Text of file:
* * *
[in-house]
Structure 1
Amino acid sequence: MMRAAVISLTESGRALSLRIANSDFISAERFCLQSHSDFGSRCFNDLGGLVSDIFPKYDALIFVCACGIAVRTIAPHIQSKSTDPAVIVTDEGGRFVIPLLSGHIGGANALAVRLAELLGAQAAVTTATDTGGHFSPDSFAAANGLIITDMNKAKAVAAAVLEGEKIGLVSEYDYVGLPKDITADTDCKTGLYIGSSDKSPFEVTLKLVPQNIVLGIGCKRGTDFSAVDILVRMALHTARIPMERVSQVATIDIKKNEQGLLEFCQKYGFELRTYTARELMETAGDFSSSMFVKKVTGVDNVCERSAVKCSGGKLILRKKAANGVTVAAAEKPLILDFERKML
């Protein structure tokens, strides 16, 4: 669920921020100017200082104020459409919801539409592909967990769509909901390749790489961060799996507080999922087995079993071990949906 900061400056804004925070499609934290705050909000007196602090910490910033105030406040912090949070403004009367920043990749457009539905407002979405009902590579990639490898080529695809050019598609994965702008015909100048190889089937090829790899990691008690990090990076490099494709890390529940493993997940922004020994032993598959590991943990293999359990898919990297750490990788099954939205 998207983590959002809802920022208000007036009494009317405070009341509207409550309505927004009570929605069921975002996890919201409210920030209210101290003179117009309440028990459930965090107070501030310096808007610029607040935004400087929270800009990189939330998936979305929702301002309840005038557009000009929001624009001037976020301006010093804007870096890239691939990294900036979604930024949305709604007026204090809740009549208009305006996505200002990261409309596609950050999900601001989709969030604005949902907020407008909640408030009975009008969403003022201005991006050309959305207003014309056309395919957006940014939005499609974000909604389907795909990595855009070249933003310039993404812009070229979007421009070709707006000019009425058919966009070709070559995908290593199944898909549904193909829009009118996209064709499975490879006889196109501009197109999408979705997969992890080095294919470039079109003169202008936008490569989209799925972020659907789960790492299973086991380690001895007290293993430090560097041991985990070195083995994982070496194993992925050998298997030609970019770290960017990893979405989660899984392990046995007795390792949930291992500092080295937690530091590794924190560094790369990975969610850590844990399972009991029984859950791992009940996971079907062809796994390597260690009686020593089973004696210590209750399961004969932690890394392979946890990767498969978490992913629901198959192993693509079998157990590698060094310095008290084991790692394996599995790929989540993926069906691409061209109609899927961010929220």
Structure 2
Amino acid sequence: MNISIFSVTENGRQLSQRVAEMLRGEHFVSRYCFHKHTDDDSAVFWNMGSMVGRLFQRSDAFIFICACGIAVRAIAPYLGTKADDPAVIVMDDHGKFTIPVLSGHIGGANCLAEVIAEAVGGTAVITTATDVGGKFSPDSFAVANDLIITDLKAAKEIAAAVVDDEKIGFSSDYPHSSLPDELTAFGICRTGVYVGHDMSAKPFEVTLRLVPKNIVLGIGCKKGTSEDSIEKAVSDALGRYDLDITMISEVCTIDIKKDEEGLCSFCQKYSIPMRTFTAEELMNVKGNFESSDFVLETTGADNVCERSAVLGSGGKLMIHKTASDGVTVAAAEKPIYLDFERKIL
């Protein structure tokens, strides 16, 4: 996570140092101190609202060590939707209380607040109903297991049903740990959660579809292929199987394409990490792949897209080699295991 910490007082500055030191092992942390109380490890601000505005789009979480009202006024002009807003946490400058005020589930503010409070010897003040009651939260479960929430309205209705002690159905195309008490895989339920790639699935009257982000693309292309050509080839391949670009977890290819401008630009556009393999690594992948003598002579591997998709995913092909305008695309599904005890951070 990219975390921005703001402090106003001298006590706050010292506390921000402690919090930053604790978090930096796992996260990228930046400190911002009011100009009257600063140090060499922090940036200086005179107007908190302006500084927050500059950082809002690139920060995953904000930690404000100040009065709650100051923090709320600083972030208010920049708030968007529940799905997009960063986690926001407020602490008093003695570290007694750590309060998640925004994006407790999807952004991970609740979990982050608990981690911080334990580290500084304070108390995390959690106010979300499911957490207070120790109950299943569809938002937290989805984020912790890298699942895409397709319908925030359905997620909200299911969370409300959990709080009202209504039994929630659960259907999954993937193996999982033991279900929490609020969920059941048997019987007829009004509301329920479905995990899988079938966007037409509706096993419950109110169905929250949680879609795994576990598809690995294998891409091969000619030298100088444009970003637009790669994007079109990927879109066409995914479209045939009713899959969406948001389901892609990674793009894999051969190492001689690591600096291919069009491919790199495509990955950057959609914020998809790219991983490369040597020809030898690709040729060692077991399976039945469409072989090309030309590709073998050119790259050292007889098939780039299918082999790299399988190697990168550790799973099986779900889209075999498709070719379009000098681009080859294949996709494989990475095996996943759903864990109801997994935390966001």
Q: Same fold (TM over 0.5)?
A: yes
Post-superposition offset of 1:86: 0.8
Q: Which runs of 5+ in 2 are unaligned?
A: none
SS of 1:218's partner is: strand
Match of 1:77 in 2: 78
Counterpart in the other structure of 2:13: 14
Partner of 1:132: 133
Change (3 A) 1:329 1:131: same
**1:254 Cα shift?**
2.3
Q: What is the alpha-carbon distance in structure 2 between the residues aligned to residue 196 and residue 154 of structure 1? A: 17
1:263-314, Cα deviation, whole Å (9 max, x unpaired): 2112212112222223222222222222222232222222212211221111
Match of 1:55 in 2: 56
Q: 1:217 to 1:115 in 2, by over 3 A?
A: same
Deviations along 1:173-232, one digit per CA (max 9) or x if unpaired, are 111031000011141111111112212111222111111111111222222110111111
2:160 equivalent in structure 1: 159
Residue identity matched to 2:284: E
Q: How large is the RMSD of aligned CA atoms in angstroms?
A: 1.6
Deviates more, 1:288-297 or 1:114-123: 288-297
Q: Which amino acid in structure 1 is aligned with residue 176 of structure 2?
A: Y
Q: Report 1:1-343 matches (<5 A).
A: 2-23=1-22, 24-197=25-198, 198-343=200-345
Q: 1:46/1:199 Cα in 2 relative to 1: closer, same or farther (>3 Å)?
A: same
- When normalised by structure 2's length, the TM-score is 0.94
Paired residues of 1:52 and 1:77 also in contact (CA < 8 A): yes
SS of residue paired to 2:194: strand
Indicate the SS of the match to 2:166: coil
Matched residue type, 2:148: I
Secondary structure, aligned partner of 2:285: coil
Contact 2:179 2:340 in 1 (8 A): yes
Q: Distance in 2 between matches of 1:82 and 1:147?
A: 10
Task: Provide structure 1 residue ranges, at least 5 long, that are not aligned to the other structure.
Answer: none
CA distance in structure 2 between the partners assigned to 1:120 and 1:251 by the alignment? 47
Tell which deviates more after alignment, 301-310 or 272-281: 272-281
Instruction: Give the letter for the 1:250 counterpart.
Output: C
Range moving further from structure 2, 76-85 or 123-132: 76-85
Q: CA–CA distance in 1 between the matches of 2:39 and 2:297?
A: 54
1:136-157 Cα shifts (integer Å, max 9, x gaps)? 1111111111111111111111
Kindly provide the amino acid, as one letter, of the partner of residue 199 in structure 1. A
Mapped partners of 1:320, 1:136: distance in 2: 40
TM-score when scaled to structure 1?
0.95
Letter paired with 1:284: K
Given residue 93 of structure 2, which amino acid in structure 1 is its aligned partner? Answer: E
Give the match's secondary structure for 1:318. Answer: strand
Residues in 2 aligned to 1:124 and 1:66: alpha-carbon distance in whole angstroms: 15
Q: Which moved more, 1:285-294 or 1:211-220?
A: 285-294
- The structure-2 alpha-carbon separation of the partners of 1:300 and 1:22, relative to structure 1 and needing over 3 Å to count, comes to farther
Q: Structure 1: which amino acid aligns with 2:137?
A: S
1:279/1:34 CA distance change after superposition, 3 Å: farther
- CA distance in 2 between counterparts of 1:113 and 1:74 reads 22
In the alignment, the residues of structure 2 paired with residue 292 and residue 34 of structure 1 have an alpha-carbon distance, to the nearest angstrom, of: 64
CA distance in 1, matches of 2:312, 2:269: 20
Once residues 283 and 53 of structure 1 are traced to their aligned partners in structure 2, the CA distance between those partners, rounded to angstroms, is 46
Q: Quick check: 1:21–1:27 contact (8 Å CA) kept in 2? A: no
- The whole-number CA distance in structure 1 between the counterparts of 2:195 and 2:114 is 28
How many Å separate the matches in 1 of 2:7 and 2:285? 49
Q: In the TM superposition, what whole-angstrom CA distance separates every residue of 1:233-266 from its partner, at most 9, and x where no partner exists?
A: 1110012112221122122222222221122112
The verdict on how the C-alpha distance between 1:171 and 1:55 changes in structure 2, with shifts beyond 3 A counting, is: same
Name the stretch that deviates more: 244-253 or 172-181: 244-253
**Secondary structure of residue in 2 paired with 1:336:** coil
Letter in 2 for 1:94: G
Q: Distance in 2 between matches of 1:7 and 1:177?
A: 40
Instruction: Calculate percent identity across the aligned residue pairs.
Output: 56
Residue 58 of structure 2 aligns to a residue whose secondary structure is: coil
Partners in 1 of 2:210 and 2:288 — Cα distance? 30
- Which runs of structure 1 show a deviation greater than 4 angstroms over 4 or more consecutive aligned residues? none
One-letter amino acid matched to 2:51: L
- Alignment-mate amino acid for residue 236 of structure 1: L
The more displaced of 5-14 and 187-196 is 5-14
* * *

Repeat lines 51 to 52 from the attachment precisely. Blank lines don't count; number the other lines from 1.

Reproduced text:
Output: C
Range moving further from structure 2, 76-85 or 123-132: 76-85